News articles aside, there have been entire books written about the jaw-dropping financial waste perpetrated by the DoD. Perhaps foremost among these is Peter Van Buren’s scathing memoir We Meant Well: How I Helped Lose the Hearts and Minds of the Iraqi People. A former Foreign Services Officer with the US State Department, Van Buren deployed to Iraq in 2009 with a Provincial Reconstruction Team tasked with jump-starting Iraq’s destroyed economy in the hopes of providing economic stability for the increasingly pessimistic Iraqi people in an attempt to stymie the appeal of radicalism.
Throughout Van Buren’s book, ineptitude, cronyism, and slack-jawed stupidity culminate in a litany of wasteful projects that served to only further alienate the Iraqi people from the country, and their system of government, that many had once hailed as liberators.
Some notable incidents from the book include:
-The construction of a $22.5 million dollar automated frozen chicken packaging plant, built in a country without a reliable electric grid (frozen chicken needs to be kept frozen and freezers need electricity) where the cost of a live chicken from the local market is a fraction of the pre-packaged kind.
-An ambassador that imported hundreds of square feet of sod from Kuwait via armored vehicles after tons of grass seed failed to take root in the public spaces around the American-controlled Green Zone. The estimated cost of shipping the sod varied anywhere from $2 to $5 million. Additionally, the cost of using thousands of gallons of purified water used to keep the sod alive in country suffering from staggering shortages of potable water (in and of itself responsible for innumerable deaths) is incalculable.
-Pastry-making classes for Iraqi women with the intent of inspiring them to open their own bakeries…in cities that largely lacked running water and electricity in the midst of a sectarian civil war.
-Paying $25,000 to a local acting troupe to produce a play about political reconciliation that was never produced or performed.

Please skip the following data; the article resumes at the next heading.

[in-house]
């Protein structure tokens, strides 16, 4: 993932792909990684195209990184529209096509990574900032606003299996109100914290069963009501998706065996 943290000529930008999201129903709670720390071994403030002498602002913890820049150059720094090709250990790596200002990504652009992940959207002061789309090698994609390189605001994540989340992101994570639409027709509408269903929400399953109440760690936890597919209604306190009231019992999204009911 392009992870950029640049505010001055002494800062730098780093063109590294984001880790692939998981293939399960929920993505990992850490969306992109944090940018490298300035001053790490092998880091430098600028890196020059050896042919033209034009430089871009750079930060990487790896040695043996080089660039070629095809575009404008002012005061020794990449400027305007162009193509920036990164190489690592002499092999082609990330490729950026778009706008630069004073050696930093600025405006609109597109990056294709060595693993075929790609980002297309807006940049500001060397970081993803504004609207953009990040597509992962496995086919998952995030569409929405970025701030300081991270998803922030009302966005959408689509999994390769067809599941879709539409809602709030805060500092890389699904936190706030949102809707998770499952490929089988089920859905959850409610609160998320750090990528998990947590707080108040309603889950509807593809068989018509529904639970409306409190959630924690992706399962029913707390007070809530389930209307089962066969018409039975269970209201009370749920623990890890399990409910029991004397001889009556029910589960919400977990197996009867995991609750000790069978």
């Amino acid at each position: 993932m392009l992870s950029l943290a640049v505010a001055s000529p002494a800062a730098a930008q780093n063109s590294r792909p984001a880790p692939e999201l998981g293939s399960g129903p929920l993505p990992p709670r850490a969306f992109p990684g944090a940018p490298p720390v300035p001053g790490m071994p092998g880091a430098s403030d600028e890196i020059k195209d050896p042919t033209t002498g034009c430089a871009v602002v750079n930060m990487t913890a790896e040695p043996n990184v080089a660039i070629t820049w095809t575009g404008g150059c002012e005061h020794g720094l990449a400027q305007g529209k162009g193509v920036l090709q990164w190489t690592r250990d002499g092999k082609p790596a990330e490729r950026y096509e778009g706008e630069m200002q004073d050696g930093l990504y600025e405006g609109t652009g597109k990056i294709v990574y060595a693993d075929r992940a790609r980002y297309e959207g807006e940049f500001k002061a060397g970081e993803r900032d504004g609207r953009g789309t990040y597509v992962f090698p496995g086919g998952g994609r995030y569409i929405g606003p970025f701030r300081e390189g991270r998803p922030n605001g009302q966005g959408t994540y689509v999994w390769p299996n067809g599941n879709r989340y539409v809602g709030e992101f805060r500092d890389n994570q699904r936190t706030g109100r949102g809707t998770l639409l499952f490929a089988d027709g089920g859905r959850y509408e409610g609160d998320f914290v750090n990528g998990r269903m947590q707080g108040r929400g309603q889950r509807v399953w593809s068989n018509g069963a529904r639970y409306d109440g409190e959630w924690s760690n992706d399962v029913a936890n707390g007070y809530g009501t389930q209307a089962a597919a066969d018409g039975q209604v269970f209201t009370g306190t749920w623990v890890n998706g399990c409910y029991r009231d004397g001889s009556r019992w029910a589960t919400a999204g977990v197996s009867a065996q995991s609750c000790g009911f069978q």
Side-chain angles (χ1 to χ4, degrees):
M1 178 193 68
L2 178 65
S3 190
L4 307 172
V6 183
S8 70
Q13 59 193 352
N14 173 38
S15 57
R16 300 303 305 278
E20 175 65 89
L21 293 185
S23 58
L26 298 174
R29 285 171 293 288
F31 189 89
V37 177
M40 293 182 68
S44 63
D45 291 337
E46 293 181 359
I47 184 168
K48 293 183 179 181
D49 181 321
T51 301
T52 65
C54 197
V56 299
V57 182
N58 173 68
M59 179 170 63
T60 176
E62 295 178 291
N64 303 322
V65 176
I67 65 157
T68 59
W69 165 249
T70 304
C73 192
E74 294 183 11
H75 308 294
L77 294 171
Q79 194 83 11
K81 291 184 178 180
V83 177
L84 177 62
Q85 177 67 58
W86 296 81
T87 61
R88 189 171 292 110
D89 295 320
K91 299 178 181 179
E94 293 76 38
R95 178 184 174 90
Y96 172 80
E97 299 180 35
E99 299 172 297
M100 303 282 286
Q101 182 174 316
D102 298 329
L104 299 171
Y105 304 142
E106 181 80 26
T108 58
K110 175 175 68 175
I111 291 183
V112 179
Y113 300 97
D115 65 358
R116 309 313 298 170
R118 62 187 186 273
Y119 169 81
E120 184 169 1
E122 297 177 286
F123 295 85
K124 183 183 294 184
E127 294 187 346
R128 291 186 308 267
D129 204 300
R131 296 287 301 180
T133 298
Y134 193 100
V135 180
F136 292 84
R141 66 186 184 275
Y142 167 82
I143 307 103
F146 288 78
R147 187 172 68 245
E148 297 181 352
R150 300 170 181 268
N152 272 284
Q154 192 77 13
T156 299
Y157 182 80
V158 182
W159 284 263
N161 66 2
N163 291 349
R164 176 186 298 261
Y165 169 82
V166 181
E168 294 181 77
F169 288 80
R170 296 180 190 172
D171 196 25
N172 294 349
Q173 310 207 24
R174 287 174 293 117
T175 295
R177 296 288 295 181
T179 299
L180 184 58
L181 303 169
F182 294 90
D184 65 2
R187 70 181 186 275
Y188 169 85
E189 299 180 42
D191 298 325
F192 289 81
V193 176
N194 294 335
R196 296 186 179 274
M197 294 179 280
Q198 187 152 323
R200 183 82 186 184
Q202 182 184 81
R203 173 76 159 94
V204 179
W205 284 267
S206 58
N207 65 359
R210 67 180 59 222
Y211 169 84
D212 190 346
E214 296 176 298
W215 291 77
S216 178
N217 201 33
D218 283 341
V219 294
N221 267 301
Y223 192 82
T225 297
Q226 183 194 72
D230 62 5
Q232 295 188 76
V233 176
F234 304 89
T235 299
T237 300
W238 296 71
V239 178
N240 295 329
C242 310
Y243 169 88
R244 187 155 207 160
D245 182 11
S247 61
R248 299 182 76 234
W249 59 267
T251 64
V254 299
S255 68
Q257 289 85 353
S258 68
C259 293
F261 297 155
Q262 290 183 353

In short, the routine appearance of news stories about the glutinous use of tax payer’s funds is hardly news at all. It’s been happening for years with no end in sight. Politicians feigning anger when the occasional multi-million dollar boondoggle gets a few seconds in the 24-hour news cycle would be laughable were it not so wholly depressing; especially when you take into account the sufferings endured by deployed soldiers over the past 14 years of relentless warfare.
Families having to save up and buy their relatives body armor because the military doesn’t supply it for them, infantrymen in Afghanistan lacking helicopter air support that could have provided vital protection or life saving medical evacuation for those wounded during a fire fights, soldiers living in flea infested, plywood huts without the most basic amenities of modern living, all because the money is simply not there.
One would think that the seemingly inexorable persistence of the military’s unchecked use of tax payer funding might incur the ire of more politicians, especially those campaigning to reduce the national debt or adhere to a doctrine of “fiscal responsibility.” However, recent statements from a variety of the candidates running for president in 2016 would dictate otherwise. As long as politicians continue to pay lip service to “the troops” while wholly ignoring the long standing policies regarding essentially unrestricted defense spending, the American tax payer will continue to foot the bill while the American soldier continue to suffer as a result.
Perhaps Donald Rumsfeld said it best:
“You go to war with the army you have, not the army might want or wish to have…”